17 mai 2017

Construction of the present perfect - B1

For more on the Daily Mail: How humans bred some dogs to be unrecognizable from their ancestors CONSTRUCTION OF THE PRESENT PERFECT Positive form: Subject + auxiliary have/has + past participle The past participle is the -ed form of the verb. Humans have changed man's best friend. In the case of an irregular verb, pick it up in the 3rd column. Irregular verbs have their own forms. The ambassador has eaten all the Ferrero Rocher chocolates. Interrogative form: As you remember, when you want to ask a question, you need an... [Lire la suite]
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17 mai 2017

When to use the present perfect, part 1 - B1

You can use the present perfect when a past action has an impact on the present situation. Look, the dog has broken his leg.  The action took place in the past. We don’t care where or when. What matters is the impact on the dog’s present life: he has a plaster and a cone (of shame).   Oh shit, Michael has been to the hairdresser’s! Again, what is important here, is that a past action (to go to the hairdresser’s) has an effect on the present: he looks very different. Now, watch this short video and construct a nice... [Lire la suite]
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17 mai 2017

When to use the present perfect, part 2 - B1

Use the present perfect when you want to talk about your life experience. In this case, what is really important is what happened and not when or where it happened. If it was the case, we would have used the preterit. When questioning someone’s life experience, use EVER like in this song by the Standells "Have you ever spent the night in jail?"   Click on this link for the lyrics: the_Standells_Have_you_ever A 13-year-old Irish boy asks a similar question in a powerful video he posted for Safer Internet Day (February... [Lire la suite]
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17 mai 2017

When to use the present perfect, part 3 - B1

The present perfect can be used when something started in the past and is still happening now. I have lived in Paris for 10 years. This example means that you started living in Paris 10 years ago and still live in the French capital city. So it is very important to use the present perfect when you want to express an ongoing action that started in the past and that is still true now. If you had used the preterit, it would have meant that the action is over. I lived in Paris for 10 years means that you lived in Paris in the past, but... [Lire la suite]
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17 février 2016

Rock'n'roll grammar – Pink Floyd "Wish you were here" – B1

In this beautiful song, the Pink Floyd band members wish their deceased friend Syd Barrett were near them.   To express their wish, they use "wish" followed by "to be" in the preterit.  - WISH + WAS or WERE (to be in the preterit). Eg: I wish I was here, I wish you were here, I wish he/she/it was here, I wish we were, I whish you were here, I wish they were here Anyway, if you are a little bit lazy, you can also use were for any persons, singular or plural (a little more formal). Eg: I whish... [Lire la suite]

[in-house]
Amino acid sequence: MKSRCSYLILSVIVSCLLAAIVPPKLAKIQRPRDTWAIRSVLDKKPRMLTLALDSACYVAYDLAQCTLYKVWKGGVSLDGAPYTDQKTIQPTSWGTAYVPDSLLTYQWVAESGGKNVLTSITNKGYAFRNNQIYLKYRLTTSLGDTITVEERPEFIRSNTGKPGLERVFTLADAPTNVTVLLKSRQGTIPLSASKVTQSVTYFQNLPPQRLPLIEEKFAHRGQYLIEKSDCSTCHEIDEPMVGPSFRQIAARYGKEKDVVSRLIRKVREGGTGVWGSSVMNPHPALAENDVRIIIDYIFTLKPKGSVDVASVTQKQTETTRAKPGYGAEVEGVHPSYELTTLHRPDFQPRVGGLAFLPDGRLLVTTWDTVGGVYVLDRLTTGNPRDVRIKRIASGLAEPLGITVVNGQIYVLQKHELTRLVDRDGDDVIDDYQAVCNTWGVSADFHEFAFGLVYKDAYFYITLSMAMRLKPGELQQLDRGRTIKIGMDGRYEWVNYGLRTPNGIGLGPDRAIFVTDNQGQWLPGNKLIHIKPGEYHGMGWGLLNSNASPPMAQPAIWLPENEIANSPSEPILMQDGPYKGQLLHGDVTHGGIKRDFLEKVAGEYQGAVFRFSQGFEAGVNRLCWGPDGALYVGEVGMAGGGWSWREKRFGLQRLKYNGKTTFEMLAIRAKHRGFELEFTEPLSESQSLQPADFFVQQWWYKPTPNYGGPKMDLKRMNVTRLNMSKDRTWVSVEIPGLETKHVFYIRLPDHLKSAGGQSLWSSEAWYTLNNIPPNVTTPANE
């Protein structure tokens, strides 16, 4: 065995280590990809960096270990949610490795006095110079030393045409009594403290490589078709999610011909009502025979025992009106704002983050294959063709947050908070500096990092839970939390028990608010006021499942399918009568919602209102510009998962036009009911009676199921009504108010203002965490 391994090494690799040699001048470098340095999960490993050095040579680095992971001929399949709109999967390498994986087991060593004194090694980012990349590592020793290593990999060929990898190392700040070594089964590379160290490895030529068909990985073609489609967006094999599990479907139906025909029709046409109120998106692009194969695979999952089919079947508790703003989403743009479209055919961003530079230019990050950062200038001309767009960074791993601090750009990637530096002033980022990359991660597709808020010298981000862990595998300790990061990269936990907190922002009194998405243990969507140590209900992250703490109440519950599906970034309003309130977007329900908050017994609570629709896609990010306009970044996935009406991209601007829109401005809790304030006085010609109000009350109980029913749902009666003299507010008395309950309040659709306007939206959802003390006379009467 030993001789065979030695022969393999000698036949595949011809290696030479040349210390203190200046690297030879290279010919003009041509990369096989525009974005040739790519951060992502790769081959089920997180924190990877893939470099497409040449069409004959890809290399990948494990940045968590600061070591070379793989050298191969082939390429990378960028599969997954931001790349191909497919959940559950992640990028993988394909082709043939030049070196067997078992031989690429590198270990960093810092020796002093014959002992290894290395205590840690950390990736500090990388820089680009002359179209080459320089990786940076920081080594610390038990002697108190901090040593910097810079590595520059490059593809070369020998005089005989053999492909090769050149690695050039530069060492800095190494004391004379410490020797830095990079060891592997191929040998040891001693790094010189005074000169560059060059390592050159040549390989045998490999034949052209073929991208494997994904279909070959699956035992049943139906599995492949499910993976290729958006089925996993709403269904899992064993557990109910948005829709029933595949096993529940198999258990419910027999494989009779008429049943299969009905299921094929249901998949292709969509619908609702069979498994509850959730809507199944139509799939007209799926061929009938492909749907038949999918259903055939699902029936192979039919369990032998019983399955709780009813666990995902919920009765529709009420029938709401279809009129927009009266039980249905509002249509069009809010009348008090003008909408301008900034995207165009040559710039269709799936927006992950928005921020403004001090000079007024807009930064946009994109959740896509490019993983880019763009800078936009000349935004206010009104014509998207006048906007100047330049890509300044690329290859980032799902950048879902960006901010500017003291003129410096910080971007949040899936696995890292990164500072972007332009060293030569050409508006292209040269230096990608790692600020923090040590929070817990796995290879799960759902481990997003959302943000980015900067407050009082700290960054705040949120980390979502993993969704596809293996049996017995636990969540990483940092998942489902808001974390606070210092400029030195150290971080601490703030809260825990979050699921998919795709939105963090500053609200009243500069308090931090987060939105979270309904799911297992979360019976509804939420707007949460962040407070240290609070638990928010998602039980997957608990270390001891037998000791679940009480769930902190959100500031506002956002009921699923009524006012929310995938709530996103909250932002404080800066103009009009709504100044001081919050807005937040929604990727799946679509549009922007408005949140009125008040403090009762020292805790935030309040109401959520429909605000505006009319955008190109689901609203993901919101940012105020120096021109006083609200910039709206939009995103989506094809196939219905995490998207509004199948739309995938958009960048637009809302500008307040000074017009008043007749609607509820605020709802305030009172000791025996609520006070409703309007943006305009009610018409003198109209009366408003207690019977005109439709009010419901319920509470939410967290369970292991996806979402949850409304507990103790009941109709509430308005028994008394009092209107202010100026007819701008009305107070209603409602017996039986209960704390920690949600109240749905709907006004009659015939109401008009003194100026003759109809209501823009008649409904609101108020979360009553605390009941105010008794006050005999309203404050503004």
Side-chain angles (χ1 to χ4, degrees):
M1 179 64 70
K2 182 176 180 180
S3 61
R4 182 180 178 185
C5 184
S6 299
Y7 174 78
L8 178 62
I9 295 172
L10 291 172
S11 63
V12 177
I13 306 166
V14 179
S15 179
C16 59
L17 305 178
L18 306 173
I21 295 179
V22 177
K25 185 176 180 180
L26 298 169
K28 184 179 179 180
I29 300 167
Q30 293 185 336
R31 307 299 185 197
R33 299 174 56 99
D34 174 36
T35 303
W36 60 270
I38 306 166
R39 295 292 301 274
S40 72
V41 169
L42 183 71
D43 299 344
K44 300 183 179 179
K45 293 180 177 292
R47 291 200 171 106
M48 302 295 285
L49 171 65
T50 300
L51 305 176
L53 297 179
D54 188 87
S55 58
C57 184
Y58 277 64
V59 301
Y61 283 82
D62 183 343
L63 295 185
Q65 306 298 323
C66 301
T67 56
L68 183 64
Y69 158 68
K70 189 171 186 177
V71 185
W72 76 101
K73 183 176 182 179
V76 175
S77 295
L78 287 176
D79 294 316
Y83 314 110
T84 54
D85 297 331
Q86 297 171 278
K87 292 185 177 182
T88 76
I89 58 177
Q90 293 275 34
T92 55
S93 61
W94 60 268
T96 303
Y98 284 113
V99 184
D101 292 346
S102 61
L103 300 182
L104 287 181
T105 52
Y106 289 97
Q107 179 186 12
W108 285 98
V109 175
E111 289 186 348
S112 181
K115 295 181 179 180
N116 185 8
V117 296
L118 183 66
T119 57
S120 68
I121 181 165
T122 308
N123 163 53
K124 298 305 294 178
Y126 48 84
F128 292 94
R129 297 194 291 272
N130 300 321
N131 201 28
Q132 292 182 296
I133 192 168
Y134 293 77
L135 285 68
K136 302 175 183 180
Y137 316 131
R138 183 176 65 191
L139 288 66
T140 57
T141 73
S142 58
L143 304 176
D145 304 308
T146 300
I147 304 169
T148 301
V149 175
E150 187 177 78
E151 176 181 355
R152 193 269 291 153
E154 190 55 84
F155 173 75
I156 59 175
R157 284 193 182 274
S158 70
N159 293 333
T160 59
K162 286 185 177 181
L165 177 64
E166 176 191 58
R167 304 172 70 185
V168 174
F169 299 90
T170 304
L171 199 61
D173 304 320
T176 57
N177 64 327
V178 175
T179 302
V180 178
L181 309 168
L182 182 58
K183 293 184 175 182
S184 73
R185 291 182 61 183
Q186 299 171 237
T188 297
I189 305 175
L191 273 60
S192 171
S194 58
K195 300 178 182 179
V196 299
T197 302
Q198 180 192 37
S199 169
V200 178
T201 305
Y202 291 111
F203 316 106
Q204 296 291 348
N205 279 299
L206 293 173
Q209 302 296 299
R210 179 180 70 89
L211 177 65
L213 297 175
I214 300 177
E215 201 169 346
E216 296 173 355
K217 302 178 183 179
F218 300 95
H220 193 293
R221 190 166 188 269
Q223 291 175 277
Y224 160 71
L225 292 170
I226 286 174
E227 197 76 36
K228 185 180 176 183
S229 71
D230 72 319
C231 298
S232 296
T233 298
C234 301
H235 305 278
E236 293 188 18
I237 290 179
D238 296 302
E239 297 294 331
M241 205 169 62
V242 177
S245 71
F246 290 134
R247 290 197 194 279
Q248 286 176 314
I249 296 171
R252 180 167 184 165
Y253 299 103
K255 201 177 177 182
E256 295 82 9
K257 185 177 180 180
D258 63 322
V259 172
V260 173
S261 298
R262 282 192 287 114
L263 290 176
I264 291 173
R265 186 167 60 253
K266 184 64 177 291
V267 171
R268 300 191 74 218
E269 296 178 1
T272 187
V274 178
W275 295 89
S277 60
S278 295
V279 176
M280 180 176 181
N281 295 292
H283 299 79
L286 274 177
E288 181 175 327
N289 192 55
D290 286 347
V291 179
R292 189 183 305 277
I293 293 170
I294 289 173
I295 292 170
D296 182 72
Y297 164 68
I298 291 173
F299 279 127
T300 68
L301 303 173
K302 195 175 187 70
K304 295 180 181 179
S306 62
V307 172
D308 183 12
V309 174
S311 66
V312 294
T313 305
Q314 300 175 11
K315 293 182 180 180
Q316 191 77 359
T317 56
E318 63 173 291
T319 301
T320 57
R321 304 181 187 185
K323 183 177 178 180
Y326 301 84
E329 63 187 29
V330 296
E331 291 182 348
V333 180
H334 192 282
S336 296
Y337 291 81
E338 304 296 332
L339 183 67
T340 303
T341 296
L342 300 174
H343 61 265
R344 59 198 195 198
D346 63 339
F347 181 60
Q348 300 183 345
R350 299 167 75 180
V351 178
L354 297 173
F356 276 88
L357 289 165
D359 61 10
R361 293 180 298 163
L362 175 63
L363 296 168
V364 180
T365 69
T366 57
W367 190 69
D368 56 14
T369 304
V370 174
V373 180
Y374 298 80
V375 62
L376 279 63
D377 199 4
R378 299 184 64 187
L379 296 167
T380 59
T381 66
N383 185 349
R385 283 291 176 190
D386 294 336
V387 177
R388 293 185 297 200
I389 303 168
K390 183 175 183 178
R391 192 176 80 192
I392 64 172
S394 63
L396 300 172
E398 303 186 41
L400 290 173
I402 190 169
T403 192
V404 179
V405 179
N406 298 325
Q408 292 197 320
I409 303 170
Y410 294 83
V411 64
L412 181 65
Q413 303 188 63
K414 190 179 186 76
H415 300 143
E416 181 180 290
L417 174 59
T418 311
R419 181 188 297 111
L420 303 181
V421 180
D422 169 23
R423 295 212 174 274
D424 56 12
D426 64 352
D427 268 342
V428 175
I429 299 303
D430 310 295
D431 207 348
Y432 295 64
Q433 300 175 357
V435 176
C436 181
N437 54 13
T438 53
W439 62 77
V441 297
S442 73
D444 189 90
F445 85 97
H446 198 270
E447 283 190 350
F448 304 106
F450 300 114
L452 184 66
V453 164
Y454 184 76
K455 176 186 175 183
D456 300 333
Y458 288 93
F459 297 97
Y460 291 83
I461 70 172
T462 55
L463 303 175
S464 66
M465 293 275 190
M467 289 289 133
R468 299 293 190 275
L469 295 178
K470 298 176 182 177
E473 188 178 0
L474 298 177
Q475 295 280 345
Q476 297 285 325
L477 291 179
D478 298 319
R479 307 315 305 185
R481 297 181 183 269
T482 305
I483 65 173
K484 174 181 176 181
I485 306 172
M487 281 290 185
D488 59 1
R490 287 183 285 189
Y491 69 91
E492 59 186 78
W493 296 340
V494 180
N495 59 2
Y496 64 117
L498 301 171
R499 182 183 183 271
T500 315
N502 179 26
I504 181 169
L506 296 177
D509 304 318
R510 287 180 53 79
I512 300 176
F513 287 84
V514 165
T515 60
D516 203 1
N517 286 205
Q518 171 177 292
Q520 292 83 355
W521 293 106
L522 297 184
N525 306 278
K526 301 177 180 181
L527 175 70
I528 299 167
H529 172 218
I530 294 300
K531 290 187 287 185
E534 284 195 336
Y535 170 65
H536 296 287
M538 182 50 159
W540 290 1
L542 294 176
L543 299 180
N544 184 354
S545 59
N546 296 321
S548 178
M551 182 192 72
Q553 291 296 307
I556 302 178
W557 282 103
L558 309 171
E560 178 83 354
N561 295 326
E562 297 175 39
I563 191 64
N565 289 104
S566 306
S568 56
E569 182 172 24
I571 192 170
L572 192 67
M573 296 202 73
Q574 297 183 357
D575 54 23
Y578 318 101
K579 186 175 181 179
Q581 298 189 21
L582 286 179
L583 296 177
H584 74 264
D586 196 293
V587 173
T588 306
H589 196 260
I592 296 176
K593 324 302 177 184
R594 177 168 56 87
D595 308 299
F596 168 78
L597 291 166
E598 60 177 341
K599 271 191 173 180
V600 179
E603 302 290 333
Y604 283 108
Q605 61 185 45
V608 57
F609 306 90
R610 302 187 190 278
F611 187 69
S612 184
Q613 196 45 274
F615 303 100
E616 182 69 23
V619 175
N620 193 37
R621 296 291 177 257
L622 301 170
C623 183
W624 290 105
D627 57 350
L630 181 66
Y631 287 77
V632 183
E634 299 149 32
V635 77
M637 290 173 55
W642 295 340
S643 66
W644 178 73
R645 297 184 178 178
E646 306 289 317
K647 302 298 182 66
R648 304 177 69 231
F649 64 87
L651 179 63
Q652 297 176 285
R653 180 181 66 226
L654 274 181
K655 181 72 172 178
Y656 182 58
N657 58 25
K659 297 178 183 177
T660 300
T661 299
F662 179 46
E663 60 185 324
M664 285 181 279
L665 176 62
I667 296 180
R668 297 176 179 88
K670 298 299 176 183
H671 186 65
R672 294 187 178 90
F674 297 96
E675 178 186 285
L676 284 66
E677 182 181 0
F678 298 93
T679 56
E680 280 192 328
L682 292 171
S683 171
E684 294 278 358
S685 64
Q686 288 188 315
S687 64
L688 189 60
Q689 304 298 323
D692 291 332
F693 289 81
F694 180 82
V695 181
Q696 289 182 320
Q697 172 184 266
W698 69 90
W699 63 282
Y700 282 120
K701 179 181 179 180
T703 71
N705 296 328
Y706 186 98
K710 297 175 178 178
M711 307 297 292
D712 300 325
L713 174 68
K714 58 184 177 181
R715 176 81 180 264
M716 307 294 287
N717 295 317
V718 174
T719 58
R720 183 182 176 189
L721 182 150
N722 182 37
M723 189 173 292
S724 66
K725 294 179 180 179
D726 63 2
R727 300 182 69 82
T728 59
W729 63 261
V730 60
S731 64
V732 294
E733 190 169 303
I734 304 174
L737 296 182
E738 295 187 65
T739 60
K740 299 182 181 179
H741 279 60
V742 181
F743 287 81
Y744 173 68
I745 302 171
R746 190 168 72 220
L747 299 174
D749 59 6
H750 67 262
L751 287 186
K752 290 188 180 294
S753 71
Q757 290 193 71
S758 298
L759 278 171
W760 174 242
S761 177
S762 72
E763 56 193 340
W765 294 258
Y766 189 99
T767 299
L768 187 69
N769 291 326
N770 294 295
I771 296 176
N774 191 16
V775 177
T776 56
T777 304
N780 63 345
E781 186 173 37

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25 janvier 2016

A criminal arrested but a word still missing - B1

I frequently hear learners of English saying that they don’t read press articles because they can’t even understand the titles. In many cases their failure to understand is due to ELLIPSIS. Ellipsis is the omission of elements which are recoverable from the context or the situation. Can you spot the missing word in the tweet below?   In this case ‘man’, ‘person’, ‘criminal’ or fugitive would be specially appropriate. And if you already know what the Subway franchise is, you may make a second ellipsis from that tweet, by... [Lire la suite]
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22 janvier 2016

Rock'n'roll grammar - David Bowie "Let's dance" - A2

The imperative is used to command, to order or to suggest something. In the song "Let's dance", David Bowie probably invites someone to dance with him. In this case "Let’s" is the short form for "let us" used to make a suggestion which includes himself. As a reminder : To form the imperative mode or mood with the second person singular or plural, you have to use the verb without "to" and nothing more for example “Dance”. To form the imperative mode or mood with the first person plural, you have to use let + us + the verb... [Lire la suite]
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05 janvier 2016

Tenses with cartoons - A2

Try and think about the use of tenses in the three following cartoons. Source: http://bizarro.com Use the preterit when the action is over. "I thought", but won't think so anymore. Note the construction of the passive form:   subject + auxiliary be + past participle "be" will be conjugated and the main verb will be invariable. In this example, if the last part of the sentence was in the preterit, the police officer would say "... anything you say was (preterit form of be) used against you". Note the use of the... [Lire la suite]
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